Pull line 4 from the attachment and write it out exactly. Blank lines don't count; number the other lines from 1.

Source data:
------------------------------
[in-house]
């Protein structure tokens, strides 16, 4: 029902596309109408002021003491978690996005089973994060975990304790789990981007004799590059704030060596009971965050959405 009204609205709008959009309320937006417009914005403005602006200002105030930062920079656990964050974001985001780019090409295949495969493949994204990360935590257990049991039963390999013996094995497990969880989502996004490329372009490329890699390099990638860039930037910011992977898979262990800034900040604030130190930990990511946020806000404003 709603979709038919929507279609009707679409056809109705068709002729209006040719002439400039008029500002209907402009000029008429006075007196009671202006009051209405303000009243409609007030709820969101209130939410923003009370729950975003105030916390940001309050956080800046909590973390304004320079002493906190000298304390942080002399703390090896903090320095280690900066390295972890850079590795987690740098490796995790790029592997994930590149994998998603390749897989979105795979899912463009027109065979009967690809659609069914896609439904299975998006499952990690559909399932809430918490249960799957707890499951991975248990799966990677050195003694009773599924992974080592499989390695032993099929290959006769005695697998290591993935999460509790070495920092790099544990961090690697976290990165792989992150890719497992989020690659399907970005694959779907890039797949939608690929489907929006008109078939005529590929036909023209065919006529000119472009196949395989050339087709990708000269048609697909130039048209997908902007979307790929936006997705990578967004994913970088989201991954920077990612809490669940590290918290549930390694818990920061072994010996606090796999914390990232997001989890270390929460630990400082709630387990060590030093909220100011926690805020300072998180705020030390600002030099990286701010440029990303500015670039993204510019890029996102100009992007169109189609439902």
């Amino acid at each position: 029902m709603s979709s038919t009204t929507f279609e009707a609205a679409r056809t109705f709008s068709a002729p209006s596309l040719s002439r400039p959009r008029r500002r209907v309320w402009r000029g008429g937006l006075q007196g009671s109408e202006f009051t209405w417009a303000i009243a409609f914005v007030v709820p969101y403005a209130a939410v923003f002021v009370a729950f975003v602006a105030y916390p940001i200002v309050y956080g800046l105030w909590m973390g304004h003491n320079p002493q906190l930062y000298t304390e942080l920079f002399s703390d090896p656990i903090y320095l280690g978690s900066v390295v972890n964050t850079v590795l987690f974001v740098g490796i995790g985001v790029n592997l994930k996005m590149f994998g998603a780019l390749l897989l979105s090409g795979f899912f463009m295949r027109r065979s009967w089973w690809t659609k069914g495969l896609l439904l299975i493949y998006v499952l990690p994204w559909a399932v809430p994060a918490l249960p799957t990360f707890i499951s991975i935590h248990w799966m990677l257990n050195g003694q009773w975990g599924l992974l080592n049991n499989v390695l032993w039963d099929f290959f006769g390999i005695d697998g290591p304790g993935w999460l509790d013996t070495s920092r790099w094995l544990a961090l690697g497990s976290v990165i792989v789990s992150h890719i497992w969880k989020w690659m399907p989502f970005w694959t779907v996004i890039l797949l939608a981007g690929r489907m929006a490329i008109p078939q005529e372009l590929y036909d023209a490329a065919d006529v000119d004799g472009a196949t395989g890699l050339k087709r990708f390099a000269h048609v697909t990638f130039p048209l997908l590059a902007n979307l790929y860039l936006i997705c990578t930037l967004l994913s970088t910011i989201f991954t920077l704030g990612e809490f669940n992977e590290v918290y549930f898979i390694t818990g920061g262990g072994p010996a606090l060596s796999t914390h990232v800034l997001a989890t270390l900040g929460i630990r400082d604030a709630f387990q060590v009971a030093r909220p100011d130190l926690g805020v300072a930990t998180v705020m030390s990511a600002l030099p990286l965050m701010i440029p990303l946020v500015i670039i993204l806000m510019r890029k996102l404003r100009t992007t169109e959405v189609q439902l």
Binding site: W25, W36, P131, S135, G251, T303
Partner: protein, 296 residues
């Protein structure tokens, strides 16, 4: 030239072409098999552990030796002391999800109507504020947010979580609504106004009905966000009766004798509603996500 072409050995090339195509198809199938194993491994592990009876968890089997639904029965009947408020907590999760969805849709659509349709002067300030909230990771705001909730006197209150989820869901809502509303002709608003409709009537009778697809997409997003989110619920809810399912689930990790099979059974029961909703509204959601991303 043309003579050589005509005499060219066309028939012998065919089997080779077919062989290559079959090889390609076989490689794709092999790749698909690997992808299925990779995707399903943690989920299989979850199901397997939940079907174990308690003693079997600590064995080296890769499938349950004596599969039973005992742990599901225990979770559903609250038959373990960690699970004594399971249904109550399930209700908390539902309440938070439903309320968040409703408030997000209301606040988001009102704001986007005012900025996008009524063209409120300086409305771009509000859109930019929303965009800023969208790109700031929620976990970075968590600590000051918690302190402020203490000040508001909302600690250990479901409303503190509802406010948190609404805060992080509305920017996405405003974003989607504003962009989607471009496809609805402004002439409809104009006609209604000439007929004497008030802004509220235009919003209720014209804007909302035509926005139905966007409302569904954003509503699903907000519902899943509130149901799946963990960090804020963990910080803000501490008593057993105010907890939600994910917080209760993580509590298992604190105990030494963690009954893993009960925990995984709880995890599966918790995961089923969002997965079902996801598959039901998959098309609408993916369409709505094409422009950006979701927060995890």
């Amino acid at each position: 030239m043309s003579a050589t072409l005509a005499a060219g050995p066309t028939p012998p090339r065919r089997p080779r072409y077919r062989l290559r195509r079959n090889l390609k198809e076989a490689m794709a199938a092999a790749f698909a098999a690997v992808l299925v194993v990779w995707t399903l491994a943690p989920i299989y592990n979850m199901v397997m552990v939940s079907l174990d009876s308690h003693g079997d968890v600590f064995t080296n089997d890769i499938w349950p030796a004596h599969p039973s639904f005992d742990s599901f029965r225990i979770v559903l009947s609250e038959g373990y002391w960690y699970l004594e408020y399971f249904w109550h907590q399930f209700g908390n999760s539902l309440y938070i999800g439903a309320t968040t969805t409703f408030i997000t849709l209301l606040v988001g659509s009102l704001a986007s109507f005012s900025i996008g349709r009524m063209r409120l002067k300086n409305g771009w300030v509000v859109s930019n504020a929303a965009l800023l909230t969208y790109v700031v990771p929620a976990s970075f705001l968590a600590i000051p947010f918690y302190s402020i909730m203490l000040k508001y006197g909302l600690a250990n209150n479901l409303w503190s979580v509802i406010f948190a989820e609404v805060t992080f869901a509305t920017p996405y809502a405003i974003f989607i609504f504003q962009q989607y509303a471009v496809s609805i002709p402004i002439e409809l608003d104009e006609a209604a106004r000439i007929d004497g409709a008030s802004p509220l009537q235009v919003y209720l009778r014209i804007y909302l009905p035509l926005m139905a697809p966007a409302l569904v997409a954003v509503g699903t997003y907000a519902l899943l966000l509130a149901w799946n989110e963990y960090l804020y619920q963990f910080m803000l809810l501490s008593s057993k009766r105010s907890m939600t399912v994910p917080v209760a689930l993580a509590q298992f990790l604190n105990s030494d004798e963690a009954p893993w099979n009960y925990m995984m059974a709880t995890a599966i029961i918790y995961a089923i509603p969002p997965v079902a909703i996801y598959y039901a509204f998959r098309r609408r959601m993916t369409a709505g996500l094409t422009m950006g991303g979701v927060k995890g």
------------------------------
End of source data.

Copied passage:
Binding site: W25, W36, P131, S135, G251, T303